I never really learned how to be friends. When I was younger, my friendships were obsessive, consuming. I had a group of girls that I liked, and one friend who was my everything. In elementary school, that girl was named Nicole, and I thought she was beautiful and perfect. I wanted to do everything she did. I wanted her to think I was perfect too.

I left Nicole for a girl named Kiersten, who was Nicole’s opposite. Tomboyish and rough, she played with the guys more often than the girls. I took to following her around the playground, awkwardly trying to join in games for which I did not know the rules. Eventually, I contented myself with cheering her on while she tackled boys and got first downs and other things I didn’t understand. One day, Kiersten told me she didn’t want me following her anymore and I spent the entire recess mourning. Nicole found me and tried to explain that how I felt was how she felt when I suddenly stopped hanging out with her. I didn’t know what to say.

Our elementary schools started busing students to another building in the third grade, and I found that Kiersten and my friendship didn’t survive the summer. I started talking to a girl named Lesley who had moved up from the south, which I found to be exotic. We spent all our time together, alternating weekends at each other’s houses. Our friendship lasted through middle school. Once in youth group (I had started going to Lesley’s church) I cried because she spent more time talking to our mutual friend Taylor than to me.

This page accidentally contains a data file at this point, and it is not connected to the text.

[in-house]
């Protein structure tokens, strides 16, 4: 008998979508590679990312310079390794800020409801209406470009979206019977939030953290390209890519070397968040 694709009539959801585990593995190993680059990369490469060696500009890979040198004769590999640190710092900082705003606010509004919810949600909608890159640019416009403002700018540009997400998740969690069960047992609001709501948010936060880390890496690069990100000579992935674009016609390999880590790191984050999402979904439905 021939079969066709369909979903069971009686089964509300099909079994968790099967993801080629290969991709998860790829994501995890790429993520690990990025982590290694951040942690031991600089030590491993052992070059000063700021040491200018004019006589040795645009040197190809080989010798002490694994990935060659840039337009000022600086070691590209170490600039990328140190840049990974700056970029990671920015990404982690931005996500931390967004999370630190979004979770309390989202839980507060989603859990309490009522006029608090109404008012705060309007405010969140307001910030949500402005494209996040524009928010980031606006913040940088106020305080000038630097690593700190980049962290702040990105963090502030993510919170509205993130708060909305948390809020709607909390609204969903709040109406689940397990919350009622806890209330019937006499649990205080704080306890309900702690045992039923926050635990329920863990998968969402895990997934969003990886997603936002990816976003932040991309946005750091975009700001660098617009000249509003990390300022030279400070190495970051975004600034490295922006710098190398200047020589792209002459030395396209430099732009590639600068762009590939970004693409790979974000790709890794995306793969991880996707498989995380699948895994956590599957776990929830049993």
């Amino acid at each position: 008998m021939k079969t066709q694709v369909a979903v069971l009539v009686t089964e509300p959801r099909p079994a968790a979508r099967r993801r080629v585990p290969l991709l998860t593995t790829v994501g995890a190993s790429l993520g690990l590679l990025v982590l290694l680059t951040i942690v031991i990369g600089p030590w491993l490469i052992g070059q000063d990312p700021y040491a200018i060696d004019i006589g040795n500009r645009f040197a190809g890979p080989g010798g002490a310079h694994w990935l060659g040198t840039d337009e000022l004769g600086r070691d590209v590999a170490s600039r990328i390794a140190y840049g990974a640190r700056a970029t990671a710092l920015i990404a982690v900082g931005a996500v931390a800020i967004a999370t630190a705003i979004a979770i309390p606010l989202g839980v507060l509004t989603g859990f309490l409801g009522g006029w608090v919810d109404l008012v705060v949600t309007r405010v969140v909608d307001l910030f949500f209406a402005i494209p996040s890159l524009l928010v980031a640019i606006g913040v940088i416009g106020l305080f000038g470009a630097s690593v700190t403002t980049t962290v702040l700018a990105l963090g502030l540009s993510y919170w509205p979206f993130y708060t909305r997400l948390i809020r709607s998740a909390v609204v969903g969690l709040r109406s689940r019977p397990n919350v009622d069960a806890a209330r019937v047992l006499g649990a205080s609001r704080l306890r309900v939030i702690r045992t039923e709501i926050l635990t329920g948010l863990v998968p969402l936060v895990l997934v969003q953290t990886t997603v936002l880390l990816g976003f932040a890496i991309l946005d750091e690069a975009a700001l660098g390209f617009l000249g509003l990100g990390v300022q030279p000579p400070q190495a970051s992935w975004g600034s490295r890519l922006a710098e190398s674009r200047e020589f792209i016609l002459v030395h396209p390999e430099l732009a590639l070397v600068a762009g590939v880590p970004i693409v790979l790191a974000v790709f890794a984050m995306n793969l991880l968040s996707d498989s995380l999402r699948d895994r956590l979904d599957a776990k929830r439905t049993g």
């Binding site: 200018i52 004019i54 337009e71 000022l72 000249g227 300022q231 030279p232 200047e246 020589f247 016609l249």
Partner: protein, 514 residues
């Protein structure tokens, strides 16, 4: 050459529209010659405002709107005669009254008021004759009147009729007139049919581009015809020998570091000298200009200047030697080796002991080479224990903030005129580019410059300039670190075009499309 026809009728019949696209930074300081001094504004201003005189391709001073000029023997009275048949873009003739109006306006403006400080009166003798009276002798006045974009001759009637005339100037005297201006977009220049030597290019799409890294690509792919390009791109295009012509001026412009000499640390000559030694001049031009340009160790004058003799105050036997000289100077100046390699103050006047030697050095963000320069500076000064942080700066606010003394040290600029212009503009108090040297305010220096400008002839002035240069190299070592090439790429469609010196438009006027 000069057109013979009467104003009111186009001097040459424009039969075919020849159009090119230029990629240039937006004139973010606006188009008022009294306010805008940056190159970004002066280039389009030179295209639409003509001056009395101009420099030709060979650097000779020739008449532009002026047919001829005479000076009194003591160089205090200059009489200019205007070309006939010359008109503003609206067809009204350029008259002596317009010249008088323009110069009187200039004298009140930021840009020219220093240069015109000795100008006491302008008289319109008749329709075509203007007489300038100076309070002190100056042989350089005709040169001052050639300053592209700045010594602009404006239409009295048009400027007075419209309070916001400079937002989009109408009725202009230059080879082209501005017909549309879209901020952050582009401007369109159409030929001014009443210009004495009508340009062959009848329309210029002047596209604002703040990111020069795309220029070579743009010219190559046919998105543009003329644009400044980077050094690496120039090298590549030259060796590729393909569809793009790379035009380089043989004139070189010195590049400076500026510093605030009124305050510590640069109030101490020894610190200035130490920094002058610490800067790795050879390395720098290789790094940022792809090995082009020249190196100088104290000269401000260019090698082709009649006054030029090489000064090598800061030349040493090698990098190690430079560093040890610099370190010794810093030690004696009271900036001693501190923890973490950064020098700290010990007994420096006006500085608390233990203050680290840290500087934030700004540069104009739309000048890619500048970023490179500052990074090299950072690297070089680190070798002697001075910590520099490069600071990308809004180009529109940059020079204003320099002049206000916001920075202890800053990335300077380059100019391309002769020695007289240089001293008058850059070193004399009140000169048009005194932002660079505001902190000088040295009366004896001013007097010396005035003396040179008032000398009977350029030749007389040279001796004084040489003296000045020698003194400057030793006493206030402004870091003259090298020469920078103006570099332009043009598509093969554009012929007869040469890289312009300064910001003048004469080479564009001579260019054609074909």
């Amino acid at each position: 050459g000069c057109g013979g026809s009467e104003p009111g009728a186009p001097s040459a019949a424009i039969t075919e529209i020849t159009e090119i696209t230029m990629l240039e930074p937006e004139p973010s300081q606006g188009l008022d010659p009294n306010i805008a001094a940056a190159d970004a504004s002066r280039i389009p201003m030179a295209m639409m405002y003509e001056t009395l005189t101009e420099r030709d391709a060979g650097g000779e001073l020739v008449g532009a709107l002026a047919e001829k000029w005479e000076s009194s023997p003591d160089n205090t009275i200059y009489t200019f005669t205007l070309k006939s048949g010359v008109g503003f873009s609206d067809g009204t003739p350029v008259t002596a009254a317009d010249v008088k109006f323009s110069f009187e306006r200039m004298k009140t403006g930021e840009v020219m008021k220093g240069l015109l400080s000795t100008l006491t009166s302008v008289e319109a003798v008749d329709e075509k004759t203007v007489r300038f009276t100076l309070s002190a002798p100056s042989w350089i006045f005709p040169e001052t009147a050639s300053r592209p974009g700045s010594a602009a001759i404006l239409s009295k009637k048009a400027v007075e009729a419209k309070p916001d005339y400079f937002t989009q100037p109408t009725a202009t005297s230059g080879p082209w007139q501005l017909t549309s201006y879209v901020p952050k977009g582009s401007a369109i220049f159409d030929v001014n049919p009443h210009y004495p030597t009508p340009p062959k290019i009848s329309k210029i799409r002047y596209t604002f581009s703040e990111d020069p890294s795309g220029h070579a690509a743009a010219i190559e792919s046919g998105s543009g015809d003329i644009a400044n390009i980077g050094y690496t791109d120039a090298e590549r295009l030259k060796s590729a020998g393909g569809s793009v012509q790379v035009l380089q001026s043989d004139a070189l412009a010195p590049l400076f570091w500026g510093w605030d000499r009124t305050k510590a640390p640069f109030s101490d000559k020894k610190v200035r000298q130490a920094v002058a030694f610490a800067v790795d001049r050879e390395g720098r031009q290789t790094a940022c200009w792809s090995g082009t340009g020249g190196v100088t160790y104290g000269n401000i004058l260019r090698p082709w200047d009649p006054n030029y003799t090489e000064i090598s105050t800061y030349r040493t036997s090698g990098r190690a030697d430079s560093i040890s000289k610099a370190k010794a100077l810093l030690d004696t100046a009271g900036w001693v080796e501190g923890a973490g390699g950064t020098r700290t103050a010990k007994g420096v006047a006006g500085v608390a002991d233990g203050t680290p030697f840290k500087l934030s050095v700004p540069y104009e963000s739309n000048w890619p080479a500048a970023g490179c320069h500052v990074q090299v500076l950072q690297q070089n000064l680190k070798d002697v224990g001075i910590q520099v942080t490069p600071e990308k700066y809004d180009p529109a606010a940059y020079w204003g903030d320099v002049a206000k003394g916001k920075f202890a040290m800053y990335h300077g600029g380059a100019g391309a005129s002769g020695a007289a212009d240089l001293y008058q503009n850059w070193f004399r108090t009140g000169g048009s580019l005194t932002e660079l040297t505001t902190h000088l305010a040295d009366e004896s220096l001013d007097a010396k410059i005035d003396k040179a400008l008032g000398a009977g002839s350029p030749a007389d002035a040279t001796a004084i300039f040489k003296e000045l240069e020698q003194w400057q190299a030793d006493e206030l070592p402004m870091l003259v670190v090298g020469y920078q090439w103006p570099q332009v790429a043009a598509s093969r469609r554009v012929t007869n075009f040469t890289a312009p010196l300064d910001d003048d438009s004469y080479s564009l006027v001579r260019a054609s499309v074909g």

Then there was Kyra, who was a confident and talented musical theater buff and avid Christian. I started attending the youth group/theater troupe she was passionate about. Sandy, short and personable and hilarious. I more or less moved into her house over the summer.

The most prominent in my mind was Liz. Liz was everything I wanted to be. She could do no wrong and I wanted nothing more than her approval. We moved in together as adults and I think it destroyed our relationship. I still grieve for her, though we’ve made steps toward repairing our friendship now.

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